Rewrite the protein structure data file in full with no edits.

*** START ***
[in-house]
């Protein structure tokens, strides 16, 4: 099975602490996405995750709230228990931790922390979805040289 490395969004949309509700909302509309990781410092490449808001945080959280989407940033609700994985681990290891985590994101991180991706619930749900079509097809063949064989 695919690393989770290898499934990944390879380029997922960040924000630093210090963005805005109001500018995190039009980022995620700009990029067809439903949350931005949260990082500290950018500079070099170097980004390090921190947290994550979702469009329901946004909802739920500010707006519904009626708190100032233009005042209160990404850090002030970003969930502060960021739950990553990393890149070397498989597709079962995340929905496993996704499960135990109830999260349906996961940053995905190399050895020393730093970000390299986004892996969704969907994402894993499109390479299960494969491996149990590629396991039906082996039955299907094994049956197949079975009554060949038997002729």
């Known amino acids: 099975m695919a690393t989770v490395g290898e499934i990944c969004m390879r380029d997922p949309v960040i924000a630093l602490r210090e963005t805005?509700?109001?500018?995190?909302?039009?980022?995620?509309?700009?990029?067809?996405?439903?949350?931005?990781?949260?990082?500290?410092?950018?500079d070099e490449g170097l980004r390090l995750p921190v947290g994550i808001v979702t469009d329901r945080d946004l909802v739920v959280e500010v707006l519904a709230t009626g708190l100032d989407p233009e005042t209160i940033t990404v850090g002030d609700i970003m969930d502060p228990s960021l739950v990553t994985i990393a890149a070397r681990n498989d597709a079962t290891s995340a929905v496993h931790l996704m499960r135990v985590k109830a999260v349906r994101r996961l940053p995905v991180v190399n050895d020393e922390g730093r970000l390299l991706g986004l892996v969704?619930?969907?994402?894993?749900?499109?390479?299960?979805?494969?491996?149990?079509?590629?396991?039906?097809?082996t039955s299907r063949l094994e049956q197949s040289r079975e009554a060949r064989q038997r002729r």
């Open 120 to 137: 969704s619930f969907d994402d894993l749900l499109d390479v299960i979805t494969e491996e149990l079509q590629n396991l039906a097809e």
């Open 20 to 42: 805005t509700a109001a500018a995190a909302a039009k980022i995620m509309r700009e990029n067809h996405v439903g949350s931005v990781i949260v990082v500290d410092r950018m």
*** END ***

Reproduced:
[in-house]
């Protein structure tokens, strides 16, 4: 099975602490996405995750709230228990931790922390979805040289 490395969004949309509700909302509309990781410092490449808001945080959280989407940033609700994985681990290891985590994101991180991706619930749900079509097809063949064989 695919690393989770290898499934990944390879380029997922960040924000630093210090963005805005109001500018995190039009980022995620700009990029067809439903949350931005949260990082500290950018500079070099170097980004390090921190947290994550979702469009329901946004909802739920500010707006519904009626708190100032233009005042209160990404850090002030970003969930502060960021739950990553990393890149070397498989597709079962995340929905496993996704499960135990109830999260349906996961940053995905190399050895020393730093970000390299986004892996969704969907994402894993499109390479299960494969491996149990590629396991039906082996039955299907094994049956197949079975009554060949038997002729």
């Known amino acids: 099975m695919a690393t989770v490395g290898e499934i990944c969004m390879r380029d997922p949309v960040i924000a630093l602490r210090e963005t805005?509700?109001?500018?995190?909302?039009?980022?995620?509309?700009?990029?067809?996405?439903?949350?931005?990781?949260?990082?500290?410092?950018?500079d070099e490449g170097l980004r390090l995750p921190v947290g994550i808001v979702t469009d329901r945080d946004l909802v739920v959280e500010v707006l519904a709230t009626g708190l100032d989407p233009e005042t209160i940033t990404v850090g002030d609700i970003m969930d502060p228990s960021l739950v990553t994985i990393a890149a070397r681990n498989d597709a079962t290891s995340a929905v496993h931790l996704m499960r135990v985590k109830a999260v349906r994101r996961l940053p995905v991180v190399n050895d020393e922390g730093r970000l390299l991706g986004l892996v969704?619930?969907?994402?894993?749900?499109?390479?299960?979805?494969?491996?149990?079509?590629?396991?039906?097809?082996t039955s299907r063949l094994e049956q197949s040289r079975e009554a060949r064989q038997r002729r």
């Open 120 to 137: 969704s619930f969907d994402d894993l749900l499109d390479v299960i979805t494969e491996e149990l079509q590629n396991l039906a097809e």
């Open 20 to 42: 805005t509700a109001a500018a995190a909302a039009k980022i995620m509309r700009e990029n067809h996405v439903g949350s931005v990781i949260v990082v500290d410092r950018m």